The 50p rate & the pressing concerns of economists
The UK economy is beset by a multitude of problems – falling real wages, a consumer recession on the high street, contracting manufacturing, weak business investment, high inflation and worrying signs of trouble in the labour market. In internationally the Eurozone is in crisis, the US economy is slowing and unable to generate jobs and the ‘currency wars’ look to be flaring up once again.
The fact that I greatly respect many of the signatories makes this even more depressing.
Treasury analysis shows that Labour’s decision to raise the rate to 50p for those earning £150,000 a year or more has generated up to £2.4 billion a year.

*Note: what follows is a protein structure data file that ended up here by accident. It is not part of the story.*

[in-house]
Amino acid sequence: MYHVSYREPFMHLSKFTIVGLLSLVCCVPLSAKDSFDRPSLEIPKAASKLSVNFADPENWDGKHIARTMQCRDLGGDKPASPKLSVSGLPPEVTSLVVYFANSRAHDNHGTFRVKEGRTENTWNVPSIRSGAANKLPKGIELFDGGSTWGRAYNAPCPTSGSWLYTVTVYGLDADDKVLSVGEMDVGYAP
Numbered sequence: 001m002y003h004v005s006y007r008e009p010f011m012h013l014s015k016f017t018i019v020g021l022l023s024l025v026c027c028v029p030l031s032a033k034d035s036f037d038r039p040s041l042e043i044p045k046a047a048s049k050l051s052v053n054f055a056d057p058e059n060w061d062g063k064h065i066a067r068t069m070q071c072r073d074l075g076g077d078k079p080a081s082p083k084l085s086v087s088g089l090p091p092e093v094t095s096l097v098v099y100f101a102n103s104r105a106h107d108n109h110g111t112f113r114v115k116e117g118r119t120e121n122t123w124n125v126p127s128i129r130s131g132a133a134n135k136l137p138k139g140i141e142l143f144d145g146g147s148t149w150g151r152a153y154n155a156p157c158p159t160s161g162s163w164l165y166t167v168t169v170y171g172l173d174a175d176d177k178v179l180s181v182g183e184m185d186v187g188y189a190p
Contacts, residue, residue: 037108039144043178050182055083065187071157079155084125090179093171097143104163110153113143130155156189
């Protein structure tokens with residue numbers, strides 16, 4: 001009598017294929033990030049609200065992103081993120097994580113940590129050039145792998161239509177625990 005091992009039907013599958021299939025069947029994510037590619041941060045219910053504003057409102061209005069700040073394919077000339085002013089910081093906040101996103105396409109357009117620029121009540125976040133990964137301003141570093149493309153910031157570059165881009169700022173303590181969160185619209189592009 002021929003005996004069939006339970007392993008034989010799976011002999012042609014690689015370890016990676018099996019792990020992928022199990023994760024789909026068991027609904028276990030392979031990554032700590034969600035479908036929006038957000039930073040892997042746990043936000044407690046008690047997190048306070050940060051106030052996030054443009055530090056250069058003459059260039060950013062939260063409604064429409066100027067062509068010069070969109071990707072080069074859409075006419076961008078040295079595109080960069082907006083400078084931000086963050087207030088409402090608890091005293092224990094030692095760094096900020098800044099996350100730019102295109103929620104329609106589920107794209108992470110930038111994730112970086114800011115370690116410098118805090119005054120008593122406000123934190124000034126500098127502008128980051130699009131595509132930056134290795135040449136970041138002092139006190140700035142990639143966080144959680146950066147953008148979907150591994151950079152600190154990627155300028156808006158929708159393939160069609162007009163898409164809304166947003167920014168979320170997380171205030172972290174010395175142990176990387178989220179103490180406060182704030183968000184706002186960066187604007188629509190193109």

The central argument of the 20 objectors is that Britain is now:
one of the highest personal tax regimes in the industrialised world, making it less competitive internationally, and making us less attractive as a destination for both foreign investment and talented workers
I also notice that the economists make no effort to put a figure on what the contribution to growth of cutting the 50p rate would be.
We’ll get a Treasury analysis of the effects of the 50p rate in the next few months – not that this will settle the argument, the crucial assumptions on how the rate has affected behavior will no doubt be subject to argument, one year after the bankers’ bonus pay roll levy there is still a fight about how much it raised. This letter seems an attempt to soften the ground for cutting the rate.
In this situation a powerful alliance is likely to be formed between big business and rentier interests, and they would probably find more than one economist to declare that the situation was manifestly unsound.